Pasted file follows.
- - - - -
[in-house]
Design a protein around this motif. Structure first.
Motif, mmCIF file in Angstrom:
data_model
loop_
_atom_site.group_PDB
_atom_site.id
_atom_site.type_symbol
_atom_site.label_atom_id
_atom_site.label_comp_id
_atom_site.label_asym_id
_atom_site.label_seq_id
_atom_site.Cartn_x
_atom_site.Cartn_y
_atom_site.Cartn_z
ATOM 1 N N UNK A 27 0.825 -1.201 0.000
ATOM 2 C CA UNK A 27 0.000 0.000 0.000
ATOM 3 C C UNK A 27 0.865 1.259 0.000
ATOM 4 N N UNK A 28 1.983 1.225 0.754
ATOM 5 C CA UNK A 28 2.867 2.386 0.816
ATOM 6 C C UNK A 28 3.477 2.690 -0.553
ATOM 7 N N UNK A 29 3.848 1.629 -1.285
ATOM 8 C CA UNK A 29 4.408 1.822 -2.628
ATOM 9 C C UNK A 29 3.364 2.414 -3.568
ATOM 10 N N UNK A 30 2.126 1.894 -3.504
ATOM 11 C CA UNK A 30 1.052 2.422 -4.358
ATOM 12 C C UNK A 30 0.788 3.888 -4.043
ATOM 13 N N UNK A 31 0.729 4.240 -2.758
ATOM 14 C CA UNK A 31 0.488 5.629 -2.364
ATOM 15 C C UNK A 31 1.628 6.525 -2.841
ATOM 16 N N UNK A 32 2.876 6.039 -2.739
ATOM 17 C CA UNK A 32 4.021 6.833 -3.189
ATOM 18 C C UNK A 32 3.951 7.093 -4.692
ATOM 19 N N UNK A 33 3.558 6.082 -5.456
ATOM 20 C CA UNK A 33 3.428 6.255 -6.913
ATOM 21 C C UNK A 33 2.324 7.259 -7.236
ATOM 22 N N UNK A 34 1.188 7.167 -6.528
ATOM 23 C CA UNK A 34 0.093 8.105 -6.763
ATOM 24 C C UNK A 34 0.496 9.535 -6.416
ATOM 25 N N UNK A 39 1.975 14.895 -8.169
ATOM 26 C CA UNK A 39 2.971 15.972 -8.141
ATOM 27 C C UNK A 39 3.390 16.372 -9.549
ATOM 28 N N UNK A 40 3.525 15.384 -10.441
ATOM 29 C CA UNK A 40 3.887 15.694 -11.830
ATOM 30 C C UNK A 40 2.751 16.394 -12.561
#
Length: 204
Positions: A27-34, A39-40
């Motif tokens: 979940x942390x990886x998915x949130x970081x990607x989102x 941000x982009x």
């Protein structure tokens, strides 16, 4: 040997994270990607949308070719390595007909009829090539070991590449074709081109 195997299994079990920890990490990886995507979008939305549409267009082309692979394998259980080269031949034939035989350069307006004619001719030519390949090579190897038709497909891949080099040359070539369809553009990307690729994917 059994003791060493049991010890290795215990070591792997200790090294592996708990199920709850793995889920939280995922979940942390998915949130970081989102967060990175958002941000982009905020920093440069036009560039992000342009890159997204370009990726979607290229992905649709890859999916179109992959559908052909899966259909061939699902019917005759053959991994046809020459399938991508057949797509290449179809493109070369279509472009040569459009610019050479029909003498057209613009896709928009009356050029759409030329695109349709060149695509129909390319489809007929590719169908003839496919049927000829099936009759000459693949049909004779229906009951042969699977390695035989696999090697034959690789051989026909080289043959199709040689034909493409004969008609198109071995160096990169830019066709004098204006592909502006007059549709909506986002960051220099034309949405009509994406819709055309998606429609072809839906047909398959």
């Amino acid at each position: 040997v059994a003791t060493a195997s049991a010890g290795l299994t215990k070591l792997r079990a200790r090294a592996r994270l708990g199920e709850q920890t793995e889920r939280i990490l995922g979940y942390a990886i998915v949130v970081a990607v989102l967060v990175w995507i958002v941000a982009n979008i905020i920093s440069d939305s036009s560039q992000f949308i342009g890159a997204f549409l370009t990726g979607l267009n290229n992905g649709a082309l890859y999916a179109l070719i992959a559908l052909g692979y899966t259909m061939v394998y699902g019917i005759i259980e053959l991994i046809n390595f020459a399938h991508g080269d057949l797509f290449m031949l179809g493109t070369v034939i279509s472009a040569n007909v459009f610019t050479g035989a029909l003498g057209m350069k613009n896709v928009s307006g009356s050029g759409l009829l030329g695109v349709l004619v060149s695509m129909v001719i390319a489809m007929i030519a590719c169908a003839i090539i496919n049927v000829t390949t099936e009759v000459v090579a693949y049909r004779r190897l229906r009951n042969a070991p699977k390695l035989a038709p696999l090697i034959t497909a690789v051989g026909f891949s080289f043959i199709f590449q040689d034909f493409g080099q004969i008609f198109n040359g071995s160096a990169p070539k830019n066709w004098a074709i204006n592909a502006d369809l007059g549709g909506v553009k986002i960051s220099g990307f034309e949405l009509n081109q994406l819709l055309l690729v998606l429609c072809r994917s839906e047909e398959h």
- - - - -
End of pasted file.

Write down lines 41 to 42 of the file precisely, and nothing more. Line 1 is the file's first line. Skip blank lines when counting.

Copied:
ATOM 26 C CA UNK A 39 2.971 15.972 -8.141
ATOM 27 C C UNK A 39 3.390 16.372 -9.549